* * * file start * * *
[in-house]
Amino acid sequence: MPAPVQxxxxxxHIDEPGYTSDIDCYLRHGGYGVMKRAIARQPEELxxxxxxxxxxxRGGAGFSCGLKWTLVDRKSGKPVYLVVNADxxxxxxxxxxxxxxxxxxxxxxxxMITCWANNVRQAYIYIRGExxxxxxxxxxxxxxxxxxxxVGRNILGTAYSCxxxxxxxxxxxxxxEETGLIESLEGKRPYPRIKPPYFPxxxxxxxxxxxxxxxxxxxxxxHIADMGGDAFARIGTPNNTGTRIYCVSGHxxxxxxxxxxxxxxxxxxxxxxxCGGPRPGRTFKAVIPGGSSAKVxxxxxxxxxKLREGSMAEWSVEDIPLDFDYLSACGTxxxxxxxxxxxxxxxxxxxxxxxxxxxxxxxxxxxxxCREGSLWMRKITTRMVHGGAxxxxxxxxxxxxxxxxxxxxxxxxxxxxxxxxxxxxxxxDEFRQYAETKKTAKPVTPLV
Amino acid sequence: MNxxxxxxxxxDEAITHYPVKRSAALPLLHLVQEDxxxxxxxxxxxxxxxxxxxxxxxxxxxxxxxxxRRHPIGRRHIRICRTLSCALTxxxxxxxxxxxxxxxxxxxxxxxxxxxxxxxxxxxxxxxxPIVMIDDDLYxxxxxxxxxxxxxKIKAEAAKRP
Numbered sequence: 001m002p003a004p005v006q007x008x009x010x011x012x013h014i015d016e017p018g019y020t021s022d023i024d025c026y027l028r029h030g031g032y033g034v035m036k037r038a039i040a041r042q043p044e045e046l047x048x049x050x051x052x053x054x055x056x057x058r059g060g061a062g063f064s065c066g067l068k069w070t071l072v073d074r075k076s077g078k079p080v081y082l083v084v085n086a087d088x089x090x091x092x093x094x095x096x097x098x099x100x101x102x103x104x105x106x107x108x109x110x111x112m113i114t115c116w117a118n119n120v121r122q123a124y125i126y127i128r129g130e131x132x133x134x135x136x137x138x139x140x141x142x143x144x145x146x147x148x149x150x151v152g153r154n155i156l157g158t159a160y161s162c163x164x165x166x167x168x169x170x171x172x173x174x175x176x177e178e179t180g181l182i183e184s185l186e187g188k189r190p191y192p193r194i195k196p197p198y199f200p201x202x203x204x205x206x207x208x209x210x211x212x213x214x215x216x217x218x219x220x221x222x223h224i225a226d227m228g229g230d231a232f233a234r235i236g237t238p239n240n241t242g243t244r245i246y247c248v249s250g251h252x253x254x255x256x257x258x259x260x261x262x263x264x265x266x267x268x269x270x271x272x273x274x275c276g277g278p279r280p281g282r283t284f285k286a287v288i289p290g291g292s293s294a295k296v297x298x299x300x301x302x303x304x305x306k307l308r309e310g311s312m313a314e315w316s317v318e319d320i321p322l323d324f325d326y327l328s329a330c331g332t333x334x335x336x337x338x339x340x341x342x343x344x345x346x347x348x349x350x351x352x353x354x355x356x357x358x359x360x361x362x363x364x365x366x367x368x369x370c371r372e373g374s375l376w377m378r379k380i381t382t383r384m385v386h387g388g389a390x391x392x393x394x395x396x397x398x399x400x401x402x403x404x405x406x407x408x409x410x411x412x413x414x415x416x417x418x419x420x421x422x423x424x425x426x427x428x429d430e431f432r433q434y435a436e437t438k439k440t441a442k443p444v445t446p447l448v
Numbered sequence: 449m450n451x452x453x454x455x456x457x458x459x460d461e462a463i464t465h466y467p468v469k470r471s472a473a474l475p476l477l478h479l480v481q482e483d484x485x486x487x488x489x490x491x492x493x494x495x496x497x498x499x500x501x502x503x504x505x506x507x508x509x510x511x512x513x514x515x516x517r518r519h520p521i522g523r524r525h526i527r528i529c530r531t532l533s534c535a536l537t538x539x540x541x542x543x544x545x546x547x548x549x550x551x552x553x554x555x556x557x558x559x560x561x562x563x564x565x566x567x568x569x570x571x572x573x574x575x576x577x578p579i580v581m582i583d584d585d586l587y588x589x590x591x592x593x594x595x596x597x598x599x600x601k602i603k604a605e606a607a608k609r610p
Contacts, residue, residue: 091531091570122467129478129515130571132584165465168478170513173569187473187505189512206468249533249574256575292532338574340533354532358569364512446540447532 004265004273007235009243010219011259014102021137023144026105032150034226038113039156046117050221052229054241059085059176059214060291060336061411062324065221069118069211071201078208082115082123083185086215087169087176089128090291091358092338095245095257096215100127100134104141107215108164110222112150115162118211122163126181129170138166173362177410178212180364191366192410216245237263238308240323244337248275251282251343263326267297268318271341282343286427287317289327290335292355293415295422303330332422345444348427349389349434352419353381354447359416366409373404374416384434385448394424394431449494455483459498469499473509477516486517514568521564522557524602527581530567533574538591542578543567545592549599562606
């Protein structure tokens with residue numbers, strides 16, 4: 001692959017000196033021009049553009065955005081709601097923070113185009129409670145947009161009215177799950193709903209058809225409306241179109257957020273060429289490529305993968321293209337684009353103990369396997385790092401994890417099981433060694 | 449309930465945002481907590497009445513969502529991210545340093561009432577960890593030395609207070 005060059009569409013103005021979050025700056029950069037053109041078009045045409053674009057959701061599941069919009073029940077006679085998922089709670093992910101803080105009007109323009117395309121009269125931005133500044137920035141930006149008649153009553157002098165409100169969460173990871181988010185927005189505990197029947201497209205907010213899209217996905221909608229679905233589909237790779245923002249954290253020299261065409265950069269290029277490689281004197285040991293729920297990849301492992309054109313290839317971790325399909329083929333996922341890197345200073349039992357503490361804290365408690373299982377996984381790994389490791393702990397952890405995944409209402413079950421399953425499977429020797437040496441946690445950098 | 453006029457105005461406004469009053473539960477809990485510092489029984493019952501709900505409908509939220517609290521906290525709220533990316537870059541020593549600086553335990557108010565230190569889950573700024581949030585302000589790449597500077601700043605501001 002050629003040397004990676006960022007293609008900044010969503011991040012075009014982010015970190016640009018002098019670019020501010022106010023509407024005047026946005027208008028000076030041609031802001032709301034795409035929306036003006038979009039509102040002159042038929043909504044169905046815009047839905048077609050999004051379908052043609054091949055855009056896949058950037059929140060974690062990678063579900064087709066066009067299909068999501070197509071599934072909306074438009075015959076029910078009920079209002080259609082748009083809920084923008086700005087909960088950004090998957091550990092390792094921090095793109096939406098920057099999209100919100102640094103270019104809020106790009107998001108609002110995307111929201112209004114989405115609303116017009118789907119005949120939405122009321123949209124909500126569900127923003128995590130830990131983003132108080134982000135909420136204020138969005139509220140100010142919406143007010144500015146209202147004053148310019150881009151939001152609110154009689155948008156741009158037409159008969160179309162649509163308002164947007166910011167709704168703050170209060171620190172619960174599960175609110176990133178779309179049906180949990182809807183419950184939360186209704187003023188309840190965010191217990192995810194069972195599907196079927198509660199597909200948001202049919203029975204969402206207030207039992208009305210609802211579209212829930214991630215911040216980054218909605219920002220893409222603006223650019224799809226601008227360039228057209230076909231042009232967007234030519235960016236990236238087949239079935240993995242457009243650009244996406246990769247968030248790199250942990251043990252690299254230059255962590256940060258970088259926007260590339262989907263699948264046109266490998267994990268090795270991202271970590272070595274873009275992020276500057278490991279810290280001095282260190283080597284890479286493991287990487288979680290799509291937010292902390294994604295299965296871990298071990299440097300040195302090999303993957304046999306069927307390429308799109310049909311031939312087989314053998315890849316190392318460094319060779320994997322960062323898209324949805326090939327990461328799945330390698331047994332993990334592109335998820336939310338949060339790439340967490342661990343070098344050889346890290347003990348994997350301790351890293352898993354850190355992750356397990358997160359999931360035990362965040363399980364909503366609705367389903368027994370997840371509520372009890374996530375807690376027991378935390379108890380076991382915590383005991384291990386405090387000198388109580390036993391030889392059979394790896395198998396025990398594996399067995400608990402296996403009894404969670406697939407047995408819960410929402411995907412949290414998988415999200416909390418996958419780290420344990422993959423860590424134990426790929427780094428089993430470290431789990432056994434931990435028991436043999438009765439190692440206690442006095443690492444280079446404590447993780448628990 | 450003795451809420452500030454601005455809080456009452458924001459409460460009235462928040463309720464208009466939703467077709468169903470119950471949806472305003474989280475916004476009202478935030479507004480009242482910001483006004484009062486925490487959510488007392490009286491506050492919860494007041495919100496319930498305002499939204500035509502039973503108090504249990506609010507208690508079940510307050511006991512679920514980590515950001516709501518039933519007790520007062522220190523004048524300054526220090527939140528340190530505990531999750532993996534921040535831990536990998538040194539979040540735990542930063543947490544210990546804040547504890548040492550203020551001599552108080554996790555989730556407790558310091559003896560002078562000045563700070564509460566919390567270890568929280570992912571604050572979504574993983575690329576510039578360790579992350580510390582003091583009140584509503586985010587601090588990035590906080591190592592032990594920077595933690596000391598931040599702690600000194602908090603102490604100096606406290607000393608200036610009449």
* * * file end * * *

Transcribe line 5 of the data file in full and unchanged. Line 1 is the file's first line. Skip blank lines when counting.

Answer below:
Numbered sequence: 449m450n451x452x453x454x455x456x457x458x459x460d461e462a463i464t465h466y467p468v469k470r471s472a473a474l475p476l477l478h479l480v481q482e483d484x485x486x487x488x489x490x491x492x493x494x495x496x497x498x499x500x501x502x503x504x505x506x507x508x509x510x511x512x513x514x515x516x517r518r519h520p521i522g523r524r525h526i527r528i529c530r531t532l533s534c535a536l537t538x539x540x541x542x543x544x545x546x547x548x549x550x551x552x553x554x555x556x557x558x559x560x561x562x563x564x565x566x567x568x569x570x571x572x573x574x575x576x577x578p579i580v581m582i583d584d585d586l587y588x589x590x591x592x593x594x595x596x597x598x599x600x601k602i603k604a605e606a607a608k609r610p